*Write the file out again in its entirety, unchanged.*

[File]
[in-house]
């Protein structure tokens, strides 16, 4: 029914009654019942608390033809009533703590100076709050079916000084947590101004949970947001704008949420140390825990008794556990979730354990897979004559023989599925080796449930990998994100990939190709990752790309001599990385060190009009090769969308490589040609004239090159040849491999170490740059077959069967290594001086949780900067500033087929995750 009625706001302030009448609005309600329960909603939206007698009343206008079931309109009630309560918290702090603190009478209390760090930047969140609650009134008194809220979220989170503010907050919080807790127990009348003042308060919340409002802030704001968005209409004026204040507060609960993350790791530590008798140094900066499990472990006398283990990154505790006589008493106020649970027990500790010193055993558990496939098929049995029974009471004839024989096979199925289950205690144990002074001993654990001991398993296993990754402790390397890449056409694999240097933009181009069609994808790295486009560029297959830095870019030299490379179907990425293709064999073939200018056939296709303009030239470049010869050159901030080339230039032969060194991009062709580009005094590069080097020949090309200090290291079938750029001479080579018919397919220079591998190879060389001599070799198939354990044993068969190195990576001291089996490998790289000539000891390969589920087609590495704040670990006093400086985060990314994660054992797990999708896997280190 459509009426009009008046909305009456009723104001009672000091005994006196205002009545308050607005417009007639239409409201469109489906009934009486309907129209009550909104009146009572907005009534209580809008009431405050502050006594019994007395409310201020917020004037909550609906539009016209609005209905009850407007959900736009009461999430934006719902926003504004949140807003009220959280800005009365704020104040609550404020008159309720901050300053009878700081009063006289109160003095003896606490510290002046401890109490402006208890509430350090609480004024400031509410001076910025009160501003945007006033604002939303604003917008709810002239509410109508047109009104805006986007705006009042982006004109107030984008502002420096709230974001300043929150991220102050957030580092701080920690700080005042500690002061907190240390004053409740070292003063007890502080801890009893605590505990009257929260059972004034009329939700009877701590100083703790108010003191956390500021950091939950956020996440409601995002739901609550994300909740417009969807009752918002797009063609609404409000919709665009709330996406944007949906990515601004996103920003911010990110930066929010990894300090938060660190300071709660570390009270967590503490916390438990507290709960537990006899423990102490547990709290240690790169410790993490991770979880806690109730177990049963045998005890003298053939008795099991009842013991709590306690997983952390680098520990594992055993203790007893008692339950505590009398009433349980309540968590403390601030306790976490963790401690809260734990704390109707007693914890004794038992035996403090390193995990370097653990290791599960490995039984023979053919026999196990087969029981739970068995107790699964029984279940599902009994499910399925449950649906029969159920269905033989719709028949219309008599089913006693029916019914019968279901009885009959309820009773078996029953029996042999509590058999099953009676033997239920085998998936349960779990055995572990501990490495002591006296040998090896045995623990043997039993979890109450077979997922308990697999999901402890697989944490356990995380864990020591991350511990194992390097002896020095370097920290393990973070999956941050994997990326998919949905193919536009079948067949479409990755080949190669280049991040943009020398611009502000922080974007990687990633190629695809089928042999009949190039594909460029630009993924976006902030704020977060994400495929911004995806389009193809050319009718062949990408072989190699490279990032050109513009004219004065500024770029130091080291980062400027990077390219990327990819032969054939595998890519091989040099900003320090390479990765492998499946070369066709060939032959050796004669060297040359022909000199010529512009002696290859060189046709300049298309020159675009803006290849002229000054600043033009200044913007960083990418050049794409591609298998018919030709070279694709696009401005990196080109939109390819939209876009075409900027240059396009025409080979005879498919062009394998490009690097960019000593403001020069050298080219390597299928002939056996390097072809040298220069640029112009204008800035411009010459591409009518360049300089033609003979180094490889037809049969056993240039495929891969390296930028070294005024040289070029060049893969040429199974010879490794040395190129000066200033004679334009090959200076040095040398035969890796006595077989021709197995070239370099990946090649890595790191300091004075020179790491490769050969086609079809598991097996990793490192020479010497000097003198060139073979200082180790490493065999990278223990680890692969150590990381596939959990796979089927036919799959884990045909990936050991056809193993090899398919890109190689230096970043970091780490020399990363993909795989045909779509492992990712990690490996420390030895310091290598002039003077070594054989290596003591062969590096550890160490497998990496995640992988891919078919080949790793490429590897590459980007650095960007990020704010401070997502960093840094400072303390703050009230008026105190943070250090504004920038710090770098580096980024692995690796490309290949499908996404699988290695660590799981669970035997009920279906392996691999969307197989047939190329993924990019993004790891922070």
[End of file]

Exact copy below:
[in-house]
């Protein structure tokens, strides 16, 4: 029914009654019942608390033809009533703590100076709050079916000084947590101004949970947001704008949420140390825990008794556990979730354990897979004559023989599925080796449930990998994100990939190709990752790309001599990385060190009009090769969308490589040609004239090159040849491999170490740059077959069967290594001086949780900067500033087929995750 009625706001302030009448609005309600329960909603939206007698009343206008079931309109009630309560918290702090603190009478209390760090930047969140609650009134008194809220979220989170503010907050919080807790127990009348003042308060919340409002802030704001968005209409004026204040507060609960993350790791530590008798140094900066499990472990006398283990990154505790006589008493106020649970027990500790010193055993558990496939098929049995029974009471004839024989096979199925289950205690144990002074001993654990001991398993296993990754402790390397890449056409694999240097933009181009069609994808790295486009560029297959830095870019030299490379179907990425293709064999073939200018056939296709303009030239470049010869050159901030080339230039032969060194991009062709580009005094590069080097020949090309200090290291079938750029001479080579018919397919220079591998190879060389001599070799198939354990044993068969190195990576001291089996490998790289000539000891390969589920087609590495704040670990006093400086985060990314994660054992797990999708896997280190 459509009426009009008046909305009456009723104001009672000091005994006196205002009545308050607005417009007639239409409201469109489906009934009486309907129209009550909104009146009572907005009534209580809008009431405050502050006594019994007395409310201020917020004037909550609906539009016209609005209905009850407007959900736009009461999430934006719902926003504004949140807003009220959280800005009365704020104040609550404020008159309720901050300053009878700081009063006289109160003095003896606490510290002046401890109490402006208890509430350090609480004024400031509410001076910025009160501003945007006033604002939303604003917008709810002239509410109508047109009104805006986007705006009042982006004109107030984008502002420096709230974001300043929150991220102050957030580092701080920690700080005042500690002061907190240390004053409740070292003063007890502080801890009893605590505990009257929260059972004034009329939700009877701590100083703790108010003191956390500021950091939950956020996440409601995002739901609550994300909740417009969807009752918002797009063609609404409000919709665009709330996406944007949906990515601004996103920003911010990110930066929010990894300090938060660190300071709660570390009270967590503490916390438990507290709960537990006899423990102490547990709290240690790169410790993490991770979880806690109730177990049963045998005890003298053939008795099991009842013991709590306690997983952390680098520990594992055993203790007893008692339950505590009398009433349980309540968590403390601030306790976490963790401690809260734990704390109707007693914890004794038992035996403090390193995990370097653990290791599960490995039984023979053919026999196990087969029981739970068995107790699964029984279940599902009994499910399925449950649906029969159920269905033989719709028949219309008599089913006693029916019914019968279901009885009959309820009773078996029953029996042999509590058999099953009676033997239920085998998936349960779990055995572990501990490495002591006296040998090896045995623990043997039993979890109450077979997922308990697999999901402890697989944490356990995380864990020591991350511990194992390097002896020095370097920290393990973070999956941050994997990326998919949905193919536009079948067949479409990755080949190669280049991040943009020398611009502000922080974007990687990633190629695809089928042999009949190039594909460029630009993924976006902030704020977060994400495929911004995806389009193809050319009718062949990408072989190699490279990032050109513009004219004065500024770029130091080291980062400027990077390219990327990819032969054939595998890519091989040099900003320090390479990765492998499946070369066709060939032959050796004669060297040359022909000199010529512009002696290859060189046709300049298309020159675009803006290849002229000054600043033009200044913007960083990418050049794409591609298998018919030709070279694709696009401005990196080109939109390819939209876009075409900027240059396009025409080979005879498919062009394998490009690097960019000593403001020069050298080219390597299928002939056996390097072809040298220069640029112009204008800035411009010459591409009518360049300089033609003979180094490889037809049969056993240039495929891969390296930028070294005024040289070029060049893969040429199974010879490794040395190129000066200033004679334009090959200076040095040398035969890796006595077989021709197995070239370099990946090649890595790191300091004075020179790491490769050969086609079809598991097996990793490192020479010497000097003198060139073979200082180790490493065999990278223990680890692969150590990381596939959990796979089927036919799959884990045909990936050991056809193993090899398919890109190689230096970043970091780490020399990363993909795989045909779509492992990712990690490996420390030895310091290598002039003077070594054989290596003591062969590096550890160490497998990496995640992988891919078919080949790793490429590897590459980007650095960007990020704010401070997502960093840094400072303390703050009230008026105190943070250090504004920038710090770098580096980024692995690796490309290949499908996404699988290695660590799981669970035997009920279906392996691999969307197989047939190329993924990019993004790891922070």